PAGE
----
Patients with the amnesic syndrome have an unclouded sensorium and appear alert, able to concentrate and are cooperative. Perceptual and intellectual skills are preserved. Amnesic patients do not score differently from normals on tasks that require the immediate reproduction of a sequence of stimuli not exceeding the capacity of the short-term (working) memory store (memory span). Amnesia does not affect equally memories acquired after and before the onset of disease (anterograde and retrograde amnesia, respectively). The study of amnesia has been of paramount importance to the identification of the cerebral structures that mediate memory. The amnesic syndrome, although rare in clinical practice, remains extremely important theoretically for understanding the organisation and neural basis of memory. There is still debate as to whether the amnesic syndrome represents a unitary entity, but there is clear variability in the extent of remote memory loss depending upon the site of pathology.
  • 9 - Transient global amnesia and transient epileptic amnesia
    pp 187-203
  • View abstract

    Summary

    This chapter reviews and contrasts the clinical and neuropsychological features of transient global amnesia (TGA) and transient epileptic amnesia (TEA). It discusses their pathophysiology and outlines an approach to the management of patients with transient amnesia. Attacks of TGA follow a wide variety of stresses, including strenuous exertion, sexual intercourse, immersion in water, pain and emotive events. Neuropsychological testing during attacks has confirmed that amnesia is much the most striking deficit in TGA, and is often the only impairment. In principle, the patchy impairment of remote memory which affects a high proportion of patients with TEA must have one of three explanations: failure to encode episodes into long-term memory, failure to consolidate and maintain such memories or failure to retrieve memories which have been successfully stored. TGA is a common and clearly defined clinical syndrome the aetiology of which remains obscure. Patients with TEA often benefit from anti-convulsant medication.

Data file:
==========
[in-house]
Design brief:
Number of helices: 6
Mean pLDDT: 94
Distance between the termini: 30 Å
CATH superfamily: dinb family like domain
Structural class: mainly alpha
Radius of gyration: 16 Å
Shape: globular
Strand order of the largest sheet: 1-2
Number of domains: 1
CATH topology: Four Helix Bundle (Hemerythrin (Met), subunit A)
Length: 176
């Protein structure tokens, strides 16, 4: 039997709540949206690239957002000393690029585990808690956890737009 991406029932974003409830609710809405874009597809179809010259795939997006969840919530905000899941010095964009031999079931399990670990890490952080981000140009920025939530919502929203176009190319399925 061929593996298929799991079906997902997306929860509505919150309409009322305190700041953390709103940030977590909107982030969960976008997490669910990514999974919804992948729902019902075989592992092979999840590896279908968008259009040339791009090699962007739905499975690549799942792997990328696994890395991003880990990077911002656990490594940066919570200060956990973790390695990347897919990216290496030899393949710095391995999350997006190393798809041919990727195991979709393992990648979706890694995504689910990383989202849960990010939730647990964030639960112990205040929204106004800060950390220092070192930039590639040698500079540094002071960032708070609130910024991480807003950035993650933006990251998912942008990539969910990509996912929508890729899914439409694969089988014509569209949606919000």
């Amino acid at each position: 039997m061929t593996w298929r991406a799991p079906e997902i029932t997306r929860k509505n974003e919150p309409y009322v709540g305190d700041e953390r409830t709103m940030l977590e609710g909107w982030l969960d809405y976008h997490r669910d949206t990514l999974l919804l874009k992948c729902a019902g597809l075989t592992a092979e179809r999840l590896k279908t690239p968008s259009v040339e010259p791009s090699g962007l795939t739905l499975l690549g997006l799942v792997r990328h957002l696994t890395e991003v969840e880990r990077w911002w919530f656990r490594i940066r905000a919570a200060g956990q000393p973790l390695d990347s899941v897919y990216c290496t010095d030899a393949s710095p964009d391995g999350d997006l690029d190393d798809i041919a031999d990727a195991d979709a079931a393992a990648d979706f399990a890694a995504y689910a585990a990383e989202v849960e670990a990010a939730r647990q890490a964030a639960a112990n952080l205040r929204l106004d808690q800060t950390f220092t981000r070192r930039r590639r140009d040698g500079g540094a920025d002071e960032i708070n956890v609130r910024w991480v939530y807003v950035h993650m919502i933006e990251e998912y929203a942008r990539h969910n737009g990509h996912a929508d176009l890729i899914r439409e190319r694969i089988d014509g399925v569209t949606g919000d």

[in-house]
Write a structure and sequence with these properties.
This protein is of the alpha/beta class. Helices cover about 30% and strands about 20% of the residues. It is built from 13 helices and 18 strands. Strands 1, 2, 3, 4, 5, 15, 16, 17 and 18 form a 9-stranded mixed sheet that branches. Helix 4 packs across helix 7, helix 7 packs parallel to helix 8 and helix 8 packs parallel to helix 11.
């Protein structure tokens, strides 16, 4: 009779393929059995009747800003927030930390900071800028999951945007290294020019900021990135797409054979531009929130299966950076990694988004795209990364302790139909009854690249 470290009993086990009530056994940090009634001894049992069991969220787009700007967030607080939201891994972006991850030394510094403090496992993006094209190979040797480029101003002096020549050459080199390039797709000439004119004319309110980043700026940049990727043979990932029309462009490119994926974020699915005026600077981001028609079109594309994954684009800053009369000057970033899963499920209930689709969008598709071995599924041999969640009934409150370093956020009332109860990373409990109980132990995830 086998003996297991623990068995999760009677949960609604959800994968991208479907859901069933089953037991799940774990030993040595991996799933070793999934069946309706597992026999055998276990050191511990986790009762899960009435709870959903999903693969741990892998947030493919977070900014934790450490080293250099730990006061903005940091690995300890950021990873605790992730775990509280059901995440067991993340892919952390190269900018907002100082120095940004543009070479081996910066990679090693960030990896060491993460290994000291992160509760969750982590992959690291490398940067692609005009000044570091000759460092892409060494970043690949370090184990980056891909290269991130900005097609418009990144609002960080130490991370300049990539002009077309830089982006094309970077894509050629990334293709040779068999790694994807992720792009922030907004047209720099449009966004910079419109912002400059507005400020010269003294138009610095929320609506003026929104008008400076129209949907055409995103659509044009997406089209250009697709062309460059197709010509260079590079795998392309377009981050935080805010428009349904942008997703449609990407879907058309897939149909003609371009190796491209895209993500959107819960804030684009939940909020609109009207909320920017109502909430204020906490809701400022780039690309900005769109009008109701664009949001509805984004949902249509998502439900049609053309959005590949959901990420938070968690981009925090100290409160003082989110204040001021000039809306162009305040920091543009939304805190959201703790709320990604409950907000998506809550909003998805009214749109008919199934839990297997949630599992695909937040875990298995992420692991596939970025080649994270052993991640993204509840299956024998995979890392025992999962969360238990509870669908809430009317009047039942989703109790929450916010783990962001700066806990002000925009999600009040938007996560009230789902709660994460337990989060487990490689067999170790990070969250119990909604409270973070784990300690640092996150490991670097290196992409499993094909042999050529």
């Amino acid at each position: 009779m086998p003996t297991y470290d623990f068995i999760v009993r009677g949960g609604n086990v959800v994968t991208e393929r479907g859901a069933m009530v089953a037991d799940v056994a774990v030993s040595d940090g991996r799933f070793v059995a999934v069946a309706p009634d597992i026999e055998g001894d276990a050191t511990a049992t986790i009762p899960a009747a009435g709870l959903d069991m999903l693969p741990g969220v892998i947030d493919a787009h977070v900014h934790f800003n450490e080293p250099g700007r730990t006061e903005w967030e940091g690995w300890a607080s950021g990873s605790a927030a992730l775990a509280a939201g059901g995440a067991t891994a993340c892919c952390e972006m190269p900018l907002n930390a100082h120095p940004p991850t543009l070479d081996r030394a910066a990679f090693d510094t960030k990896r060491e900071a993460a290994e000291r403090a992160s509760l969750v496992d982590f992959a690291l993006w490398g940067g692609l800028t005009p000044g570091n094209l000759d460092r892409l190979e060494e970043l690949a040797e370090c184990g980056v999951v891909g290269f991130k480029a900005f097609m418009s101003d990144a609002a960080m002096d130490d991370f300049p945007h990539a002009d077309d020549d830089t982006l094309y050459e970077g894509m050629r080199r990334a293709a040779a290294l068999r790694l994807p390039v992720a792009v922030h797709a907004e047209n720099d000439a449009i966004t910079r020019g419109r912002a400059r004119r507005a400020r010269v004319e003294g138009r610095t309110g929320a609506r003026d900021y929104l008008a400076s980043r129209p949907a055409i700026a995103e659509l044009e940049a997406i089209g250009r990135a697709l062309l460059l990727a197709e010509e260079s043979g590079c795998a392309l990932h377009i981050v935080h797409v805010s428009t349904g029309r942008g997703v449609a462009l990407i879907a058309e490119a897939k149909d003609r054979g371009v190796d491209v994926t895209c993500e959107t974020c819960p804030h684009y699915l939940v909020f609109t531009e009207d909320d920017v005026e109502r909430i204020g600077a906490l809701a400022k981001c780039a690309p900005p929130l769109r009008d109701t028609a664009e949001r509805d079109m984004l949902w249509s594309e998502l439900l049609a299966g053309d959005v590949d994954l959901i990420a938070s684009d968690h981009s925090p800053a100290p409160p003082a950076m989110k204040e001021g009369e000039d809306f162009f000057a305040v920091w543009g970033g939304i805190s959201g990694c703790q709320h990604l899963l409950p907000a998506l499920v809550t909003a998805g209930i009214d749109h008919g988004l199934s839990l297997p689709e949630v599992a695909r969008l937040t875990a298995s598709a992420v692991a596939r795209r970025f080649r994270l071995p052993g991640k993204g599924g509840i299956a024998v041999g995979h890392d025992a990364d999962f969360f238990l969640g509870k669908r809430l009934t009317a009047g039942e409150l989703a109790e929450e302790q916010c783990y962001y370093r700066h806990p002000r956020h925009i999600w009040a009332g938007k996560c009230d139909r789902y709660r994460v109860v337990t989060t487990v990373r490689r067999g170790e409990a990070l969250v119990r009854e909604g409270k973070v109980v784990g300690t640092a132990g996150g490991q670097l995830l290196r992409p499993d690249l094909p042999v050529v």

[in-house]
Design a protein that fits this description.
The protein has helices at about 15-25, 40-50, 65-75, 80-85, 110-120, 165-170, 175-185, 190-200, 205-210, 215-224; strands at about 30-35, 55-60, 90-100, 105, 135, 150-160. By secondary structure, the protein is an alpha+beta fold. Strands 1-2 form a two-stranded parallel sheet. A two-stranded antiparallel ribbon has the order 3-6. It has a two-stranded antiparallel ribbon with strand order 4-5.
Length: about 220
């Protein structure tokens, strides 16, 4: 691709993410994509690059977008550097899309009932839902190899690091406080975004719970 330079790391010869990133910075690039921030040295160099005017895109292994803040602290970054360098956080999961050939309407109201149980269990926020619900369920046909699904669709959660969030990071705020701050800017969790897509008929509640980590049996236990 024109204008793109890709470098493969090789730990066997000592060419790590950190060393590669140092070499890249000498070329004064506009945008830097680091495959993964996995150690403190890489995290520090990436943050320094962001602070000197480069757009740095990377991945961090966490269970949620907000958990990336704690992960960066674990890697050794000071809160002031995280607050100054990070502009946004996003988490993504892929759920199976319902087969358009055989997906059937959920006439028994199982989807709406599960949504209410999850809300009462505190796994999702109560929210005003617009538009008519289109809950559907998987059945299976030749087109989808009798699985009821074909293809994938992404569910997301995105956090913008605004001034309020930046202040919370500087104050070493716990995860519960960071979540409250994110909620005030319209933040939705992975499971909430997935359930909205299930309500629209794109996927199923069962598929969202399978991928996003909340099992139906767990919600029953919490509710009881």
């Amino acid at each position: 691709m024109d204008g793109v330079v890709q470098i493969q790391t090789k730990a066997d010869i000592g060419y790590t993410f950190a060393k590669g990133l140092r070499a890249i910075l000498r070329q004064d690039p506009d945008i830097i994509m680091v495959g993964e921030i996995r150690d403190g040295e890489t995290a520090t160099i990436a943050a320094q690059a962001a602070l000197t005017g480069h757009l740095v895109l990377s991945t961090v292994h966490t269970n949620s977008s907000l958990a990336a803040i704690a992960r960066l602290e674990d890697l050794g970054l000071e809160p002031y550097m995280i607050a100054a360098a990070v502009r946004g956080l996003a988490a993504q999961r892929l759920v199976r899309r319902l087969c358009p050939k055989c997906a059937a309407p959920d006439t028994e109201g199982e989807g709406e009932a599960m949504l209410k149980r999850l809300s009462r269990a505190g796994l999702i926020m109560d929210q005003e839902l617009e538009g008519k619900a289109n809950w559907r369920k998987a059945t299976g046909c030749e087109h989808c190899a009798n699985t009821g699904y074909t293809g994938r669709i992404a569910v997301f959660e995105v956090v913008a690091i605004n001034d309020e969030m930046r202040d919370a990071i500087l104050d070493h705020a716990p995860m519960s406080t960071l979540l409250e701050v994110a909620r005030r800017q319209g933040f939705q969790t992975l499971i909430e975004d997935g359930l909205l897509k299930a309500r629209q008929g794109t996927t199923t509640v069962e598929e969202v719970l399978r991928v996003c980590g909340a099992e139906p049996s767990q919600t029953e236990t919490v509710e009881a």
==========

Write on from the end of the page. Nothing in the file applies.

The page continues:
• 10 - Insight into memory deficits
    pp 204-233
  • View abstract

    Summary

    This chapter concentrates on the issue of insight and memory function. Both awareness of memory dysfunction and awareness of memory function have been studied in relation to focal brain disease and generalized brain disease (dementias). With respect to 'normal' or non-ill subjects, self-reports of memory function have been treated mainly in experimental psychology where, rather than 'insight' or 'awareness', somewhat different frameworks are used. With respect to stage of the dementia, most studies suggest that insight is preserved early in the disease and diminishes with progression of the disease. In line with 'neurological' research, where associations have been described between 'anosognosia' and frontal lobe pathology attempts have been made to examine the role of the frontal lobe in the relationship between loss of insight and dementia. The different conceptualizations of insight influence the way in which the 'clinical' phenomena of insight/awareness and anosognosia are perceived and measured.
  • 11 - Memory in functional psychosis
    pp 234-267
  • View abstract

    Summary